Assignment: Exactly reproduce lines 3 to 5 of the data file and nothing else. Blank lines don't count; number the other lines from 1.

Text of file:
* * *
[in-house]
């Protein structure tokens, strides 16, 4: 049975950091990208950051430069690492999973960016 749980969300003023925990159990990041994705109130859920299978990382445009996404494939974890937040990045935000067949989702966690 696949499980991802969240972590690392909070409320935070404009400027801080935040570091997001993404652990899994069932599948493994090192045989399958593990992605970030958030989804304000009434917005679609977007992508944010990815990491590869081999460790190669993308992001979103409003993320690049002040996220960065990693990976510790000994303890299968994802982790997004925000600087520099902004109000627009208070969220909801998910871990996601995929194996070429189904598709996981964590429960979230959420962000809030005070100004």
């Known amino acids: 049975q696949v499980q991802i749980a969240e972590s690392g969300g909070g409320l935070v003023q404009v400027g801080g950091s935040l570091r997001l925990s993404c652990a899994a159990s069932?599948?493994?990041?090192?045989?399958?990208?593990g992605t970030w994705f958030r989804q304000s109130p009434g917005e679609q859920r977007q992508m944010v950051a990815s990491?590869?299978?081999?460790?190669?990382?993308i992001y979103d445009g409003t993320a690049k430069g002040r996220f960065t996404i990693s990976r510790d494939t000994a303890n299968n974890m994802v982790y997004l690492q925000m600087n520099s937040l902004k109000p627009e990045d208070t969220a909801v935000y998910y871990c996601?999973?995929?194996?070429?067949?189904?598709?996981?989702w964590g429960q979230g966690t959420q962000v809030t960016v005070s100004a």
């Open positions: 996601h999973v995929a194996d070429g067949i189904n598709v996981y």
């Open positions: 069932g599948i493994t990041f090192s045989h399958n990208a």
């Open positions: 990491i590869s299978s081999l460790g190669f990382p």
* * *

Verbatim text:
């Known amino acids: 049975q696949v499980q991802i749980a969240e972590s690392g969300g909070g409320l935070v003023q404009v400027g801080g950091s935040l570091r997001l925990s993404c652990a899994a159990s069932?599948?493994?990041?090192?045989?399958?990208?593990g992605t970030w994705f958030r989804q304000s109130p009434g917005e679609q859920r977007q992508m944010v950051a990815s990491?590869?299978?081999?460790?190669?990382?993308i992001y979103d445009g409003t993320a690049k430069g002040r996220f960065t996404i990693s990976r510790d494939t000994a303890n299968n974890m994802v982790y997004l690492q925000m600087n520099s937040l902004k109000p627009e990045d208070t969220a909801v935000y998910y871990c996601?999973?995929?194996?070429?067949?189904?598709?996981?989702w964590g429960q979230g966690t959420q962000v809030t960016v005070s100004a």
């Open positions: 996601h999973v995929a194996d070429g067949i189904n598709v996981y």
């Open positions: 069932g599948i493994t990041f090192s045989h399958n990208a």